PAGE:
It is also possible to separate the plasma etching according to the present invention into etching and deposition steps that are separated from one another, only etching being conducted during the etching step, and the deposition of the silicon compound described above being performed during the deposition step. In particularly preferred fashion, the etching steps are performed alternately with the deposition steps.
The affinity of the oxide formers or nitride formers preferred according to the present invention for the secondary reactant, i.e. preferably SiF4, is low enough that in the gas phase, in particular under the low process pressures that are preferred according to the present invention and the process conditions provided according to the present invention, especially the excess of free fluorine radicals in the plasma, no appreciable reaction takes place between the oxide formers or nitride formers and the secondary reactants, even with high-density plasma excitation. The advantageous result is to prevent any reaction from already occurring in the gas phase, for example between an oxide former and SiF4, to form SiO2; the resulting solid would precipitate onto the surface of the substrate and might result there in micromasking with etching front roughness, or in needle formation. The low process pressure provided according to the present invention results, by way of long free path lengths, in a reduction in reaction probability in the gas phase, and in a reduction in microloading effects during silicon etching in narrow trenches.
The present invention thus advantageously leads to the deposition of etch-resistant silicon compounds on the sidewalls of the laterally defined patterns, which act as a protective layer. In the course of the method according to the present invention, activated silicon fluoride compounds and oxygen radicals or nitrogen radicals, as well as a high concentration of fluorine radicals, continuously strike the silicon surface. The result is to form a thick dielectric layer at those locations where the intensive ion effect advantageously provided according to the present invention does not occur, i.e. on the sidewalls. On ion-bombarded surfaces, i.e. at the bottom of the patterns, in particular of recesses, or at the etching front, the influence of the fluorine radicals and the etching reaction predominate, so that the silicon substrate is removed there. The present invention thus makes available a passivating system for the sidewalls of laterally defined patterns that is compatible with the reactive fluorine radicals without particular additional measures.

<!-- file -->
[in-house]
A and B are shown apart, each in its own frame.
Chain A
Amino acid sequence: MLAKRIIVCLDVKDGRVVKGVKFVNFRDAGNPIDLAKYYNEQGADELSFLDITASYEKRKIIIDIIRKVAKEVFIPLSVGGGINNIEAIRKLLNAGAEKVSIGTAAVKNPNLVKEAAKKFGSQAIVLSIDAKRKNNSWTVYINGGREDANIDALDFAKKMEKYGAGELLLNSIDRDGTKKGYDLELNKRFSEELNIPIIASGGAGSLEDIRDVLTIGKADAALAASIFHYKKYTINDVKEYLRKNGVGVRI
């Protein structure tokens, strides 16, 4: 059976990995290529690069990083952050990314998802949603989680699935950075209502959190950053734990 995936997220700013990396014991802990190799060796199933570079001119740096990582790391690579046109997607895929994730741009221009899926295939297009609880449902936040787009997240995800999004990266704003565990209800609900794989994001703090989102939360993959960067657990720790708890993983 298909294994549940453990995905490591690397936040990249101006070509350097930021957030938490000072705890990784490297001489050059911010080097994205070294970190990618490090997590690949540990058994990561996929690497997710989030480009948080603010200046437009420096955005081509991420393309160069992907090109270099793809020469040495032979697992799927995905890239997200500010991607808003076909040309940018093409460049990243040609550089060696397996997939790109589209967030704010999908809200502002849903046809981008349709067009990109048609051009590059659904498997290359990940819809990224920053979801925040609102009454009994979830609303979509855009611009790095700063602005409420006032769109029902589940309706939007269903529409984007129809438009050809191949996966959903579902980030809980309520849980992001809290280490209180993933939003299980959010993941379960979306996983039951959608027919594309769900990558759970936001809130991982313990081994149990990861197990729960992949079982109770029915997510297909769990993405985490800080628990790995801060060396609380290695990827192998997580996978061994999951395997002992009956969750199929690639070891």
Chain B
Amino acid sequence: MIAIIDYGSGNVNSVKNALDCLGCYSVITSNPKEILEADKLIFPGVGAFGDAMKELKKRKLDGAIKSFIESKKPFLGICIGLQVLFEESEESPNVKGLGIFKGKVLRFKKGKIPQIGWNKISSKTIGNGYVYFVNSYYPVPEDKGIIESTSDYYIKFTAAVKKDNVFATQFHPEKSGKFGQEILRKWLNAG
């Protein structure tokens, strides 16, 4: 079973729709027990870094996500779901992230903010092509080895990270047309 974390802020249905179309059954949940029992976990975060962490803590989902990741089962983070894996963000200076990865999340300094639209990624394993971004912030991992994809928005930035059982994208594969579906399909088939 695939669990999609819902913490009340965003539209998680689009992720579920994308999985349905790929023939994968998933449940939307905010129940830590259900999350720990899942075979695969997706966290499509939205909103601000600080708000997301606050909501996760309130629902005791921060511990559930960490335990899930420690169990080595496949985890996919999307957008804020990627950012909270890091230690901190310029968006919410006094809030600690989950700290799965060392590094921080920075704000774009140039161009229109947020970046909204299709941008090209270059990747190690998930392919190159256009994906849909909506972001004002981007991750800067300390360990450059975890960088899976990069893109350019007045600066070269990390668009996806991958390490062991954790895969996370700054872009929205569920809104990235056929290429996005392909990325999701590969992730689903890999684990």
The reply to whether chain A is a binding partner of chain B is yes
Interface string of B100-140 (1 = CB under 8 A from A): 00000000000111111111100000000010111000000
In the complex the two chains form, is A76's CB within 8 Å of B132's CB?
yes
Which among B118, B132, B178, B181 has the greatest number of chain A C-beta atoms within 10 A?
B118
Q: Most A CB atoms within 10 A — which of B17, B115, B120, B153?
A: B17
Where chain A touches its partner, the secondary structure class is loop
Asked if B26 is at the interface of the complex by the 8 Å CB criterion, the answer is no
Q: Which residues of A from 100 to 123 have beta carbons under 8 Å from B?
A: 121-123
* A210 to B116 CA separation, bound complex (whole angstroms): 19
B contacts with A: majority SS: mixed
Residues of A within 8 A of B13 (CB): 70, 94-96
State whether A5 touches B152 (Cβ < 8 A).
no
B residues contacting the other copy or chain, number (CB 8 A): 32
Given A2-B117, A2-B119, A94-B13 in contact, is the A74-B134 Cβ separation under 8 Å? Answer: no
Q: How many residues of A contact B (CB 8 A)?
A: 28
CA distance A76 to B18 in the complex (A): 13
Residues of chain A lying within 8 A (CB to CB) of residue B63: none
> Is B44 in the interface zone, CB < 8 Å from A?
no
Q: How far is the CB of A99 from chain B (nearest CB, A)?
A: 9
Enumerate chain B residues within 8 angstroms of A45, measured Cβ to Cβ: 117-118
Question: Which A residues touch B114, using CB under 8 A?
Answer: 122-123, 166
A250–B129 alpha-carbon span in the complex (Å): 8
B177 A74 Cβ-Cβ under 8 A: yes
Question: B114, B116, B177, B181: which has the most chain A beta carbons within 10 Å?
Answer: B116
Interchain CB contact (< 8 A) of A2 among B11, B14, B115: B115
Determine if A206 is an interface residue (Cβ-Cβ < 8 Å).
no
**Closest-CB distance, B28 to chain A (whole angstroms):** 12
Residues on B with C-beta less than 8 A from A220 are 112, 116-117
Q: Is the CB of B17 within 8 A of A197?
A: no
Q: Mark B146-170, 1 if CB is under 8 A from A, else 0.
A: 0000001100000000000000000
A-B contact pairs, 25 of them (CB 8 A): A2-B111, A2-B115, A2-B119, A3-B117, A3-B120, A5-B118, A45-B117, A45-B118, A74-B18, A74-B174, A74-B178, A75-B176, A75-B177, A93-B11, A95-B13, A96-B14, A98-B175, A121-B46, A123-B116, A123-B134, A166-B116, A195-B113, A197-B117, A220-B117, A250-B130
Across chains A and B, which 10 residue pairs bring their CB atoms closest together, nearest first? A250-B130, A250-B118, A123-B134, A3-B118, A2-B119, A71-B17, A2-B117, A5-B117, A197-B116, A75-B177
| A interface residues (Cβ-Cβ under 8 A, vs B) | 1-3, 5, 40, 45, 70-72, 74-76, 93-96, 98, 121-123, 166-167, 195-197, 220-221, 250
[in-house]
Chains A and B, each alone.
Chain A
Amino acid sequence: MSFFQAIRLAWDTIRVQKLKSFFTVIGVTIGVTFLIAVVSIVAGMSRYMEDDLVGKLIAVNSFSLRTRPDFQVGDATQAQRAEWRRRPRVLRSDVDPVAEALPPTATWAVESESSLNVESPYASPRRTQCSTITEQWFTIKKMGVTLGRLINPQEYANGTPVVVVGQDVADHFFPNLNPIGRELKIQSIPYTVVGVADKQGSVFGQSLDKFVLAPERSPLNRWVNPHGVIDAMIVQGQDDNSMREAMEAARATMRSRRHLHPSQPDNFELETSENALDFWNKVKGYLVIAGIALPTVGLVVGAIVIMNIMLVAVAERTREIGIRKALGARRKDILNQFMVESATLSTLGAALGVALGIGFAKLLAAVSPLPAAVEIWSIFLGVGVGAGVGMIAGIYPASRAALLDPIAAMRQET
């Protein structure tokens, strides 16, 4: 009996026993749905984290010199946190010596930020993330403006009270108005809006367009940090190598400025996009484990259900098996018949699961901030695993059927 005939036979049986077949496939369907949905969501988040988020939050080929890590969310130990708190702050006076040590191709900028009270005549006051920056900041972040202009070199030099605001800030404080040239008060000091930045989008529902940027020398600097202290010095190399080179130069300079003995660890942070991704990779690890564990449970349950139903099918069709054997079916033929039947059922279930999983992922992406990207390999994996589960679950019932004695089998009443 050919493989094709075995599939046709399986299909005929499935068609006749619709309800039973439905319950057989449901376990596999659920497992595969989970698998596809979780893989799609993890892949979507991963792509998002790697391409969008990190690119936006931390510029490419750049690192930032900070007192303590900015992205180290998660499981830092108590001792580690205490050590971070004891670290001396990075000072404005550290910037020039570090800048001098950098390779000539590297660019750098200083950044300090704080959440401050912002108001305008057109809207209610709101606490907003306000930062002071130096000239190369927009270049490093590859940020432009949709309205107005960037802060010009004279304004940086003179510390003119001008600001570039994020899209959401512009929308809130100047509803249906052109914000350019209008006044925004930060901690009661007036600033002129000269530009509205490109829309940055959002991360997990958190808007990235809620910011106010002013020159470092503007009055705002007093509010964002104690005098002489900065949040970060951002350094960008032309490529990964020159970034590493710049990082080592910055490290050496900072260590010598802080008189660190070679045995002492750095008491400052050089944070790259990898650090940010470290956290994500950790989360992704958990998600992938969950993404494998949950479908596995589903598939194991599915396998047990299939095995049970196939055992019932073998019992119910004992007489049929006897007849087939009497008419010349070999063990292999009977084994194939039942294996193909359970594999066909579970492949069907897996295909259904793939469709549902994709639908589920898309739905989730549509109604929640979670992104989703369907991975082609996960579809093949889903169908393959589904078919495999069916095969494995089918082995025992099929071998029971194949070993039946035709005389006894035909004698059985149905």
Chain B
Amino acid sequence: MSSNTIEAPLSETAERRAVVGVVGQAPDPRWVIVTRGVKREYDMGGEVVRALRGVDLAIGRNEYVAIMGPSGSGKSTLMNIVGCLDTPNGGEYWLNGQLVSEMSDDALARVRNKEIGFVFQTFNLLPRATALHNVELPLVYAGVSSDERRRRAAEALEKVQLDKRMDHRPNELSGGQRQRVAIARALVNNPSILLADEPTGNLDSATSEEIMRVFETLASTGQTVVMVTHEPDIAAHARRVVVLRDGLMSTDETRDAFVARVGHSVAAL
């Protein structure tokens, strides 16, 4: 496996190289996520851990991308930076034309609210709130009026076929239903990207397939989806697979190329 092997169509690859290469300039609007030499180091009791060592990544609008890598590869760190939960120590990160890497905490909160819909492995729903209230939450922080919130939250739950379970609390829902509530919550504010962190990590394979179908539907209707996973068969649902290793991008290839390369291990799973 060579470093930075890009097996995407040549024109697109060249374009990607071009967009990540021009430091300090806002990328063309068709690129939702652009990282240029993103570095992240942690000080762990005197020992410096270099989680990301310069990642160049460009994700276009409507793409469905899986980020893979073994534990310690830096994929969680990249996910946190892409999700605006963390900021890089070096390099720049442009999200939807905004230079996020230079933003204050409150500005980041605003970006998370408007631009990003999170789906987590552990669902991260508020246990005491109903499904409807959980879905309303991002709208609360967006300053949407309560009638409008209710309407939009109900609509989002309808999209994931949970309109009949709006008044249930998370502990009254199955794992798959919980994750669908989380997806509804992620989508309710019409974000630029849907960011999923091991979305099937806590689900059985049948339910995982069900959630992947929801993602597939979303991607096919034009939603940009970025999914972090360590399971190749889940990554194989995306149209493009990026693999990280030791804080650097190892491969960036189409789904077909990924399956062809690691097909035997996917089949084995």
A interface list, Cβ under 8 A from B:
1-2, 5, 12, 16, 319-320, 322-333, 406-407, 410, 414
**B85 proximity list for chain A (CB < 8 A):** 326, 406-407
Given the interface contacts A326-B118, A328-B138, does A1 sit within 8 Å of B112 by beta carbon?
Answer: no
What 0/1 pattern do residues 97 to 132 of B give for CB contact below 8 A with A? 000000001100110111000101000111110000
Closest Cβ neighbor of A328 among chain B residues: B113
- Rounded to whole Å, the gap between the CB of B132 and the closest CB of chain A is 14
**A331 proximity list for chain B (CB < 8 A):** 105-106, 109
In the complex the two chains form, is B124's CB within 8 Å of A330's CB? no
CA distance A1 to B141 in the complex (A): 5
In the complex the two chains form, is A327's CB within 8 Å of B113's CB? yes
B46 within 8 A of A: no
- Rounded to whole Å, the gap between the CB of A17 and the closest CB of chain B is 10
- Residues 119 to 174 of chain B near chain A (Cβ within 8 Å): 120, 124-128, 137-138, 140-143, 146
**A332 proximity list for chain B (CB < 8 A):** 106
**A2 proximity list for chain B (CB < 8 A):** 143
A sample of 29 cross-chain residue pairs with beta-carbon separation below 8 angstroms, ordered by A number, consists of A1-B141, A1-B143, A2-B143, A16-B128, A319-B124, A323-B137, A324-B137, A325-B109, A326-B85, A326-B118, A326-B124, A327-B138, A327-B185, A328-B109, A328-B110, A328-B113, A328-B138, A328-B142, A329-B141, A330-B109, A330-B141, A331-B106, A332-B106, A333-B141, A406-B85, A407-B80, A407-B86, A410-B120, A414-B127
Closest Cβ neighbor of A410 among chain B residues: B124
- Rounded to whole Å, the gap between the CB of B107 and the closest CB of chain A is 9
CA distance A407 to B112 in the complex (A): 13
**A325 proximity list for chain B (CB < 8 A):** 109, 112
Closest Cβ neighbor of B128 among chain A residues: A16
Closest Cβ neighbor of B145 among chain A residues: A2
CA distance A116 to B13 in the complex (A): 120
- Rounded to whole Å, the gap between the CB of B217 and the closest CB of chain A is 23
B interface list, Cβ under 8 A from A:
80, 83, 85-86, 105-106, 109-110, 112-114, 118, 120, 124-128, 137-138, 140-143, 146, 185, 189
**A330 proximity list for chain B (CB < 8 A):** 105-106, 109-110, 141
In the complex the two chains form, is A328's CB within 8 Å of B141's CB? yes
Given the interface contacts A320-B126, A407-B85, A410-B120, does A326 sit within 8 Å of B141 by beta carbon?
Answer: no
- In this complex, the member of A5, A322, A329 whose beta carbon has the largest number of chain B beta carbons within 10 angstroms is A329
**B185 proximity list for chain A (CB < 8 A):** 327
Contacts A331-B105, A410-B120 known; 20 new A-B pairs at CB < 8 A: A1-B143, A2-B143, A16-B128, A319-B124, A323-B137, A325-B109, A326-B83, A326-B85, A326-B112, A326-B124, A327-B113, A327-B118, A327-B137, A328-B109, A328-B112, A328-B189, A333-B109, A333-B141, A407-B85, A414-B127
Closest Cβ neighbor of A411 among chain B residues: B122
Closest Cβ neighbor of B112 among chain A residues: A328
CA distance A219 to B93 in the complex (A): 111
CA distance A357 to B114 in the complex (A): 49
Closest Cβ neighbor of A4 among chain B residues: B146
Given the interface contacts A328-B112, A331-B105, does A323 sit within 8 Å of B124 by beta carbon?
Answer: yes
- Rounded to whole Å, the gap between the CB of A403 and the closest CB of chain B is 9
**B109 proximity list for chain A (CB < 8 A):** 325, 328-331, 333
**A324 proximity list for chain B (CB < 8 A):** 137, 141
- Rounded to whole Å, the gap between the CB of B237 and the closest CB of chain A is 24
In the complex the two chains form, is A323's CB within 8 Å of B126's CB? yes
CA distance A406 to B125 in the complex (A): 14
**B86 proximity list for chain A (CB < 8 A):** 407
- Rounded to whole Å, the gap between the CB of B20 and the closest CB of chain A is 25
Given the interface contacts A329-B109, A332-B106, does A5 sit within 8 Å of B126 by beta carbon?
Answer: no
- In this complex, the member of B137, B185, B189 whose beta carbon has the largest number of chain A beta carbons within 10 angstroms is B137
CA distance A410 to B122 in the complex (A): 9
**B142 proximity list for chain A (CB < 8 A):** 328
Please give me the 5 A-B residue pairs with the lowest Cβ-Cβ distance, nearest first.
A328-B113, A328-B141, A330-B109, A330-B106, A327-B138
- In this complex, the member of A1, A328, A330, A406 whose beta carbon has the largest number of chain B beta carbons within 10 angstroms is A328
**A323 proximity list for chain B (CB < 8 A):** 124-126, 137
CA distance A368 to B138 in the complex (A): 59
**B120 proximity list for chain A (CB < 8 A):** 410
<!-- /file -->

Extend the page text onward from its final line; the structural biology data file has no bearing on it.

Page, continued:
In an exemplary advantageous embodiment, the present invention provides for carrying out the method using a high-density plasma source, for example PIE (propagation ion etching), ICP (inductively coupled plasma), or ECR (electron cyclotron resonance), thus making it possible to use high flow rates of etching and passivating species as well as low-energy ions. A high etching rate and mask selectivity are thereby obtained, ultimately leading to high silicon removal accompanied by low mask material removal.
The present invention advantageously provides for accelerating the breakdown of silicon compounds, preferably SiO2, which are possibly deposited on the etching front by adding so-called SiO2 scavenger gases such as CHF3, C4F8, CF4, C2F6, or C3F6 to the gas mixture. Because of their carbon content, the SiO2 scavenger gases etch SiO2 particularly well with simultaneous ion action. A clean etching front and even higher etching rates are thus obtained. Needle formation on the etching front is moreover prevented. These scavenger (i.e. oxide-consuming) gases can be added continuously to the plasma as a constant admixture, or can be admitted from time to time or periodically over a short period so as to remove, during a “flash” of this kind, oxide contaminants on the etching front.